Q: What is Private Duty Nursing? A: “Home care is a broad term and includes any professional support services that allow a person to live safely in their home. Many are familiar with the services provided by visiting nurse associations (VNA) but may not be so familiar with the services provided via private duty nursing (PDN), also commonly referred to as continuous care nursing or block nursing. PDN provides skilled long-term, hourly nursing care at home for adults and children with a chronic illness, injury, or disability. PDN nurses provide comprehensive one-to-one care for two to 16 hour shifts based upon provider orders and the client’s or family’s scheduling needs. Some of the common skills and interventions provided by PDN nurses include care for diseases and conditions such as traumatic brain injury, spinal cord injury, genetic disorders, ventilator care, tracheostomy care, monitoring vital signs, administering medications, ostomy, and gastrostomy care, feeding tube care, catheter care, and seizure management. BAYADA private duty nurses can help keep their clients safe at home, with their family and where they want to be. In addition, nurses from BAYADA follow the Center for Disease Control and Prevention (CDC) protocols to keep their clients safe and prevent the spread of COVID-19.”
Q: How has telehealth/virtual visits affected patient care?
A: “The short answer is-it has only enhanced it! Clients and their families feel safer because they can reduce foot traffic in their home when services can be successfully provided remotely. There is also the added benefit of increased flexibility and convenience for scheduling around what works best for the client. Of course, there is hands-on care that we cannot perform with telehealth; that is where we rely on our skilled field nurses who are highly educated in infection control and fitted with CDC recommended personal protective equipment (PPE). Overall, telehealth and virtual visits have enhanced our ability to connect, collaborate, and monitor our clients’ progress while ensuring safety as a top priority during these unprecedented times.”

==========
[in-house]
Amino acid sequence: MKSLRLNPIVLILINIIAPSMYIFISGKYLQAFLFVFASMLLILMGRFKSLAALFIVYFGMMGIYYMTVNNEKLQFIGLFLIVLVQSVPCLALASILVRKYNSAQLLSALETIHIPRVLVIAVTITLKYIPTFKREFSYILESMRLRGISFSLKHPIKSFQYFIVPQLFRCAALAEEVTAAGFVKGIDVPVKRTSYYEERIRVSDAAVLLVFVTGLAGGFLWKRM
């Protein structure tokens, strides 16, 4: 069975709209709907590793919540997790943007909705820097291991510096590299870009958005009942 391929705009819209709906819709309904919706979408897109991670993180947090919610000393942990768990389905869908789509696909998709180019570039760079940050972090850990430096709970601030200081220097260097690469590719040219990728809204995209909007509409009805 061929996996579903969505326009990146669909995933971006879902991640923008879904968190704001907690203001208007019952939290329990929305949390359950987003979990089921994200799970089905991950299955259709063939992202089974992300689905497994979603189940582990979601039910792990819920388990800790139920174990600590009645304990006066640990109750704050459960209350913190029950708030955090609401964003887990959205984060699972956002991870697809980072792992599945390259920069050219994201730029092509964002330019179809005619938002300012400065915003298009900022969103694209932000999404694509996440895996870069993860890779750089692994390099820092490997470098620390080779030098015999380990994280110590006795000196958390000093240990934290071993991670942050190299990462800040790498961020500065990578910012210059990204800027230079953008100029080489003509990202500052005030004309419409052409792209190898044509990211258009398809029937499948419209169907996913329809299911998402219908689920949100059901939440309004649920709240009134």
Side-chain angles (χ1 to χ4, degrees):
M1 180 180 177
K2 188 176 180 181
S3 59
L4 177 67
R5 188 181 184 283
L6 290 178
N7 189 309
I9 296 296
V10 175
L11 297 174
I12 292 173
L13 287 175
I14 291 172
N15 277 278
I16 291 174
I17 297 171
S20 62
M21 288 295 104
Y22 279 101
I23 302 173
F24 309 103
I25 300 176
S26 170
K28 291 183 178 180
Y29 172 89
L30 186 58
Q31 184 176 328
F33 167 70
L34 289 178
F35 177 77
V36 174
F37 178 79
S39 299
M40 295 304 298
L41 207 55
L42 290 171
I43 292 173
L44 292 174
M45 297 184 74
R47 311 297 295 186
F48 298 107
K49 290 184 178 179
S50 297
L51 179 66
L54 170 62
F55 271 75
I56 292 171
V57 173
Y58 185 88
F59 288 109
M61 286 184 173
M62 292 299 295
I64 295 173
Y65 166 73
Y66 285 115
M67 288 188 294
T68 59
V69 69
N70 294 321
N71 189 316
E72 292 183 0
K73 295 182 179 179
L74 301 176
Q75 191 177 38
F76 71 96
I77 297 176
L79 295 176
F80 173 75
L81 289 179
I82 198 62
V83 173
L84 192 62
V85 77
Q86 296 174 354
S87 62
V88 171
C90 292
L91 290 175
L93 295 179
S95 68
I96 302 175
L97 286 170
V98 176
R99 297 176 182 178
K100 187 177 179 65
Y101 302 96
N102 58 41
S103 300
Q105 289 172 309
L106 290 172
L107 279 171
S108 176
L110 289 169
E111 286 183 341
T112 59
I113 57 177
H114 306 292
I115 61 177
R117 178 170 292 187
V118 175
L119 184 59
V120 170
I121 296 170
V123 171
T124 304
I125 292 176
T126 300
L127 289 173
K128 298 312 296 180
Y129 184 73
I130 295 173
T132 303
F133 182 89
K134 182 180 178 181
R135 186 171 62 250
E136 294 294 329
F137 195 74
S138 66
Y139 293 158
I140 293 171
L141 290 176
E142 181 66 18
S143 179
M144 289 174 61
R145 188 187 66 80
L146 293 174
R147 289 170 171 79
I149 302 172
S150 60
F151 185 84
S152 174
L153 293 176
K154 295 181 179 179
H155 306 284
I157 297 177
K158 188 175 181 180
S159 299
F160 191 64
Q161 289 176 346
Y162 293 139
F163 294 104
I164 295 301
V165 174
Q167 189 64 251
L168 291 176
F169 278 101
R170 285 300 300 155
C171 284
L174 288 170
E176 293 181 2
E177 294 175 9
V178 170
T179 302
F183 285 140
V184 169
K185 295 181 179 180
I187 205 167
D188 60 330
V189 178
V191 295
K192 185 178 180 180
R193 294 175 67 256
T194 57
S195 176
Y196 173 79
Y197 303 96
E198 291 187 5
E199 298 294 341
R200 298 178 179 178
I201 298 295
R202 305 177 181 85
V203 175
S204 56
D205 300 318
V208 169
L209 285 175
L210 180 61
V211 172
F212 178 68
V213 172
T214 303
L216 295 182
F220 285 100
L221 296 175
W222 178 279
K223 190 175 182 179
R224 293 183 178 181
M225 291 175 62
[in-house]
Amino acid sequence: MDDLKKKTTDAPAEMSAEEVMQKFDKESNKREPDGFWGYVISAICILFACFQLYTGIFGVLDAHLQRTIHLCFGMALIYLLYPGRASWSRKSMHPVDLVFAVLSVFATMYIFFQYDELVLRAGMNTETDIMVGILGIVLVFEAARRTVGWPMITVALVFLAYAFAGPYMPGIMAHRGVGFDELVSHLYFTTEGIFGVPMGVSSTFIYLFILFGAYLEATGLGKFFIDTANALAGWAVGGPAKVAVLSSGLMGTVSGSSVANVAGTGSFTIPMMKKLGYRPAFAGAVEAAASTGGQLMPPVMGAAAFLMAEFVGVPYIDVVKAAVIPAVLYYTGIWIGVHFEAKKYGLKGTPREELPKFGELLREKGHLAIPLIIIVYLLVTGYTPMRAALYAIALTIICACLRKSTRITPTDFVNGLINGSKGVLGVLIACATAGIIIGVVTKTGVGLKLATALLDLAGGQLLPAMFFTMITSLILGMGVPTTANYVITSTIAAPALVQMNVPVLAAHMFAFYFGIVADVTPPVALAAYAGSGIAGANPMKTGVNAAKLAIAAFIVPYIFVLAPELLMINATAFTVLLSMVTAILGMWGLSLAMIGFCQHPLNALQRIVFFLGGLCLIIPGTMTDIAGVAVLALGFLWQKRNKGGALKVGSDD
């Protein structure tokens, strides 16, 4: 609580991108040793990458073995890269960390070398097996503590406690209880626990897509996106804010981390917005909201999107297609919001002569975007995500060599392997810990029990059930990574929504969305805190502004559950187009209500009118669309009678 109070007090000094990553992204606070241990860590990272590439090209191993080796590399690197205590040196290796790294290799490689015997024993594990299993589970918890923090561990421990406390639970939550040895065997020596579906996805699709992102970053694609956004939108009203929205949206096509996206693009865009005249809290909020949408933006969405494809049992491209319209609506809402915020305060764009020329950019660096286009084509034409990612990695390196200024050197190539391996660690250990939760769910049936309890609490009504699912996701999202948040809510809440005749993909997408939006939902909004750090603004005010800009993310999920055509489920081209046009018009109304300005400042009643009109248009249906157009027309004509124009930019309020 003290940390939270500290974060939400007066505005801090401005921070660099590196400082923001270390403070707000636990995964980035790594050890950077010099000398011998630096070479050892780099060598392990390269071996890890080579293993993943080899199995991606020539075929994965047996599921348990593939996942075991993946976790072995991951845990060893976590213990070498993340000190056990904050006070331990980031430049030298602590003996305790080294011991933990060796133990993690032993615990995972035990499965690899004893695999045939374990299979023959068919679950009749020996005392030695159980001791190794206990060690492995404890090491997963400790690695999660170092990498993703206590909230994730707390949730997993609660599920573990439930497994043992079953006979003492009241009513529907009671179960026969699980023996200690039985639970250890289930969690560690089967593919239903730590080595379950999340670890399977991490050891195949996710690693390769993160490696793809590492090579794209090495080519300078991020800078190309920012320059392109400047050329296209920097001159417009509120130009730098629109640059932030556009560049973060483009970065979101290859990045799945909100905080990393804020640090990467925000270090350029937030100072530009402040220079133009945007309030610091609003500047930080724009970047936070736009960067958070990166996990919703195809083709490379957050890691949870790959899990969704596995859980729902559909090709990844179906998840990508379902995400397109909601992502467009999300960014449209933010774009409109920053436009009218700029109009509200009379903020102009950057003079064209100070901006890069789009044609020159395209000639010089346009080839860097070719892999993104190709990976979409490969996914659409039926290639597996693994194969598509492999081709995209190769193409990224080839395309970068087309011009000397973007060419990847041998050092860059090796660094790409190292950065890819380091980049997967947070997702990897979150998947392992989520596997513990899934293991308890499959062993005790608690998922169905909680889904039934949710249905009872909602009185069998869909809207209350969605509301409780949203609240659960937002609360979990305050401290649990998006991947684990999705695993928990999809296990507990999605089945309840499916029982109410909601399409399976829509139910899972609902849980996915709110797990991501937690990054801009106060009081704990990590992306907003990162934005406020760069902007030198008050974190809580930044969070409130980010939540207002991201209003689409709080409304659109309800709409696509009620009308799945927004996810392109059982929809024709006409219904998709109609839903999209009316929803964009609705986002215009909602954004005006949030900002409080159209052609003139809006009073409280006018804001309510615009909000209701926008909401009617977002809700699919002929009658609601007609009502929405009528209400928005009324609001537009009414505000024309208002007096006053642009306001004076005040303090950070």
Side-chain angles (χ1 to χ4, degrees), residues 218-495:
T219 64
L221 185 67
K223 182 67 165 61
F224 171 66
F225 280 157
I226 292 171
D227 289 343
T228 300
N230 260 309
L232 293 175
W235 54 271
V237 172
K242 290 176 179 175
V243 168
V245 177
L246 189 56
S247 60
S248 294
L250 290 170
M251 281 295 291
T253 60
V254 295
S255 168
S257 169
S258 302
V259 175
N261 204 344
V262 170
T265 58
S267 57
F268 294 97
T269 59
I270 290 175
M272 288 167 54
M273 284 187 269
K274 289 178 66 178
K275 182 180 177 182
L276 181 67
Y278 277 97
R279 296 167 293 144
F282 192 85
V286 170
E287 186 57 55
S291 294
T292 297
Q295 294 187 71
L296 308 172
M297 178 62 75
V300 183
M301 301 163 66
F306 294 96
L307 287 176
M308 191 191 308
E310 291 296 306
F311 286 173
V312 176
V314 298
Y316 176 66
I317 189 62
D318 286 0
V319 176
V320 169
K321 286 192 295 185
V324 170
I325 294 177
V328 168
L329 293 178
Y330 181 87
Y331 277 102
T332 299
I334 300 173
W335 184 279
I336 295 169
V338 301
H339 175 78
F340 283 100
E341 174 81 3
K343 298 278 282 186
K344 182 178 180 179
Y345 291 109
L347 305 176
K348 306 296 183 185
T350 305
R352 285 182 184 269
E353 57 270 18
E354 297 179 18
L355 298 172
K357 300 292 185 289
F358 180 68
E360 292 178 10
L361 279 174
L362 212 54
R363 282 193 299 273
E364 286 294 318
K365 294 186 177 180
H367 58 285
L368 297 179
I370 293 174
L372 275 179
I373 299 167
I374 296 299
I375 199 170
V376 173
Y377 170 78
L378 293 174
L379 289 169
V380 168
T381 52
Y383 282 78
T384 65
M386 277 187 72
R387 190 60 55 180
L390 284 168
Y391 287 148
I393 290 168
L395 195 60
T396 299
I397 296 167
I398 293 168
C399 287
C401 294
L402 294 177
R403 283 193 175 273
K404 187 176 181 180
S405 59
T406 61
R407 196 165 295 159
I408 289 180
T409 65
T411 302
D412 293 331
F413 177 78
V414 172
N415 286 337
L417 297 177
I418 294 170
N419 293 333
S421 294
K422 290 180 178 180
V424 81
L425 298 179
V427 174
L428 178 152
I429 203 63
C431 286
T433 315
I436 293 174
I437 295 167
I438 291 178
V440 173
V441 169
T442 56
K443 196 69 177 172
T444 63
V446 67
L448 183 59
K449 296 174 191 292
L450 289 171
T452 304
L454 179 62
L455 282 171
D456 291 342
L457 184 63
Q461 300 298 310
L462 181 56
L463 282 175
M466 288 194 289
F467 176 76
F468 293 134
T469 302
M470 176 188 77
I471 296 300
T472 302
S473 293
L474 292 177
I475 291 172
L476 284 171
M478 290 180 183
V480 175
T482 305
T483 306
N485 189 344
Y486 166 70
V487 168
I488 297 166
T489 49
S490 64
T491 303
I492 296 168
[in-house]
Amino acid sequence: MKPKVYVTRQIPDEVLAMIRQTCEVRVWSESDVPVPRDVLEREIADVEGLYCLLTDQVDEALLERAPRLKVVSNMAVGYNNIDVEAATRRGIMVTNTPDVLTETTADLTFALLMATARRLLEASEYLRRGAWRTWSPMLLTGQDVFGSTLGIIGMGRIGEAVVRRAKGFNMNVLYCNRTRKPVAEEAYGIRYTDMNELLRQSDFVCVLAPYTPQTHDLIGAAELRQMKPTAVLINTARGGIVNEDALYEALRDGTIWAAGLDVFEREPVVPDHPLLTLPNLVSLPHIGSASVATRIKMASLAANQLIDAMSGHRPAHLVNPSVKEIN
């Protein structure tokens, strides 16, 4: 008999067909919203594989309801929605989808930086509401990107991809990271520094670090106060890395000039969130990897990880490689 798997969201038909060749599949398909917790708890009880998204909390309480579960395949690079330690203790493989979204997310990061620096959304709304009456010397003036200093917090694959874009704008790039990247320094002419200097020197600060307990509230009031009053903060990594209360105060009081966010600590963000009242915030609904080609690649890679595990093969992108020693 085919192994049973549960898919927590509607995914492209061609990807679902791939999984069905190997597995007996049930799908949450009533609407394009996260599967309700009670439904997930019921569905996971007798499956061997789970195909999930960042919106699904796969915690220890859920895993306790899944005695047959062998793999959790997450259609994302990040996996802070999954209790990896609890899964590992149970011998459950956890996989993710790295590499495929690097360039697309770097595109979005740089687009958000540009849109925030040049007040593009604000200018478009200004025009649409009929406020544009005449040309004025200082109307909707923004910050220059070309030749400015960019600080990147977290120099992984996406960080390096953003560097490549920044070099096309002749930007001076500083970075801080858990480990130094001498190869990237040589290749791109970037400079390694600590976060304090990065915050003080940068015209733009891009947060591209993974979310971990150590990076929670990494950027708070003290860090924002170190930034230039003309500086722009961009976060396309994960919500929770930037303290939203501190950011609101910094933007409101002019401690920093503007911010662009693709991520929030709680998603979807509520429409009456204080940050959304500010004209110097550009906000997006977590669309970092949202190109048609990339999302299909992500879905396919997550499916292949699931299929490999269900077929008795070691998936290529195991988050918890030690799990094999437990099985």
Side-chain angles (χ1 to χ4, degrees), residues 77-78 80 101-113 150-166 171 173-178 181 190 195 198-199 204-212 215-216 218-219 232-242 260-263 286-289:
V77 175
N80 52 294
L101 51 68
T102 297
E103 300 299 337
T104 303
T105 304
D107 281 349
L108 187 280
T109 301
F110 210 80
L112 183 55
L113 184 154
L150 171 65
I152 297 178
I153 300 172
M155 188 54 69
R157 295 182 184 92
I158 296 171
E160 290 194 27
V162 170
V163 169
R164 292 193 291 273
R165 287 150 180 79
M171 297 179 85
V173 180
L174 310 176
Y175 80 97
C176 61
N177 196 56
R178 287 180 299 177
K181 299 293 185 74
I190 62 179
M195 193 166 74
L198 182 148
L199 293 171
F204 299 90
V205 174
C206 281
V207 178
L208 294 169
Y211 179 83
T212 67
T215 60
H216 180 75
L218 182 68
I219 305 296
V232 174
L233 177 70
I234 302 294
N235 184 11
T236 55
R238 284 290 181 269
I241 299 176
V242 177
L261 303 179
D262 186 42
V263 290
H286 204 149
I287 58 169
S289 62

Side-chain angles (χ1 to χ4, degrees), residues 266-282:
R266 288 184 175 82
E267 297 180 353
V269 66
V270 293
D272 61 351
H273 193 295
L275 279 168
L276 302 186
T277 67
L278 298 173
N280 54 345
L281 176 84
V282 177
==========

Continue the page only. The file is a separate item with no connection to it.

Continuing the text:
Q: How does home healthcare provide safe care during the COVID-19 pandemic?
A: “During this pandemic, BAYADA private duty nurses continue to provide one-on-one medical care. BAYADA nurses receive comprehensive age and diagnosis-specific training, including annual, mandatory infection prevention education. During COVID-19, infection prevention education became a top priority, as BAYADA’s clinical leaders used CDC guidelines to develop ongoing and evolving trainings and communications materials on keeping nurses, their clients, and family members safe.
“Throughout the past year, private duty nurses faced fears of exposure, lack of PPE, additional responsibilities, and pressure with the on-going nursing shortage. They also were at risk of losing wages if there was a COVID case in a client’s home, a client declined non-family members in their home, or they were exposed to COVID-19 and needed to quarantine. BAYADA ensured that PPE was available for all of their nurses. In addition, the state of New Hampshire provided weekly stipends for hazard pay and BAY- ADA was able to assist with lost wages, in some cases.
“COVID-19 has emphasized the benefits of home-based healthcare delivery and the critical role the private duty nurse plays to decrease the follow-up hospital readmission. BAYADA is proud of the compassion displayed by the private duty nurses on their team and are grateful for the continued quality services through this critical time.”
Dr. William Brewster, MD FACP CHIE, Vice President Harvard Pilgrim Health Care – New Hampshire Market
Q: How has telehealth changed your practice/facility, and what has the patient reaction been?
A: “At Harvard Pilgrim, we’ve been including telemedicine as part of our plans for years. The benefits of having access to asynchronous messaging, video conferencing, and mobile provider apps have the potential to overcome some of the challenges that many people have experienced when it comes to receiving quality care that is accessible, affordable and convenient.